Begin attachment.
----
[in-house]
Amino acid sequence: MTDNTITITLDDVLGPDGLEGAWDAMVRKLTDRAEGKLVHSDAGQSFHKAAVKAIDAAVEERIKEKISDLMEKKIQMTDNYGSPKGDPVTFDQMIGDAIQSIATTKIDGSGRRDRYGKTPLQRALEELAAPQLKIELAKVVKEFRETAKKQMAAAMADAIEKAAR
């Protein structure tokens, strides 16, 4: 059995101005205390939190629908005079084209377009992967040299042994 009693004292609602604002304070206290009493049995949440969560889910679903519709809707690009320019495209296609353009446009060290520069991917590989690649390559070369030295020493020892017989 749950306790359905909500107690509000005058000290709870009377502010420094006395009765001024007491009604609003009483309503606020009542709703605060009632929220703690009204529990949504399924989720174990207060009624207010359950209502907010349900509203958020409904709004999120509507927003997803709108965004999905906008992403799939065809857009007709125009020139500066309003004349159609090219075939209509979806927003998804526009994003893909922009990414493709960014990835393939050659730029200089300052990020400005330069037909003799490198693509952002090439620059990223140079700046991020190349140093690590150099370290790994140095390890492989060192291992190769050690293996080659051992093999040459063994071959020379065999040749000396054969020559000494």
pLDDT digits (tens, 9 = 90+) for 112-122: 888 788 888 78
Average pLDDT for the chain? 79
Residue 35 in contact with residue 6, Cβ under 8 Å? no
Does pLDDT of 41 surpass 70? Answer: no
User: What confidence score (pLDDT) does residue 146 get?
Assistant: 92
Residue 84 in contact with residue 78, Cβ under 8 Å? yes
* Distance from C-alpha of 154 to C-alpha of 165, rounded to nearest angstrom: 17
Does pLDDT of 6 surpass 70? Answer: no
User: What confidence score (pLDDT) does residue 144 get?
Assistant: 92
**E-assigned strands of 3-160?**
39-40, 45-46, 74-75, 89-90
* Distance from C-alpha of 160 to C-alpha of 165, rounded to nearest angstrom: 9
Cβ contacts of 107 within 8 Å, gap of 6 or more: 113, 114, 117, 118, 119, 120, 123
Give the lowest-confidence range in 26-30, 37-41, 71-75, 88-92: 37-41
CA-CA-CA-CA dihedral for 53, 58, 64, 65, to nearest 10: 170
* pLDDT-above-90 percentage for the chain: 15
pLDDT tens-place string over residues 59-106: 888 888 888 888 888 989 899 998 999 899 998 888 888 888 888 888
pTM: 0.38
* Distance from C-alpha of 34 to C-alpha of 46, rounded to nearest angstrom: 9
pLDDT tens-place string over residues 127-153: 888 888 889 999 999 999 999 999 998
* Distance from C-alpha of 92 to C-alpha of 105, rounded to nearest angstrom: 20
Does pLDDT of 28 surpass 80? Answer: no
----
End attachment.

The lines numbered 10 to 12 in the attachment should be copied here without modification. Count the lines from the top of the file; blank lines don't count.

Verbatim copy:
Residue 84 in contact with residue 78, Cβ under 8 Å? yes
* Distance from C-alpha of 154 to C-alpha of 165, rounded to nearest angstrom: 17
Does pLDDT of 6 surpass 70? Answer: no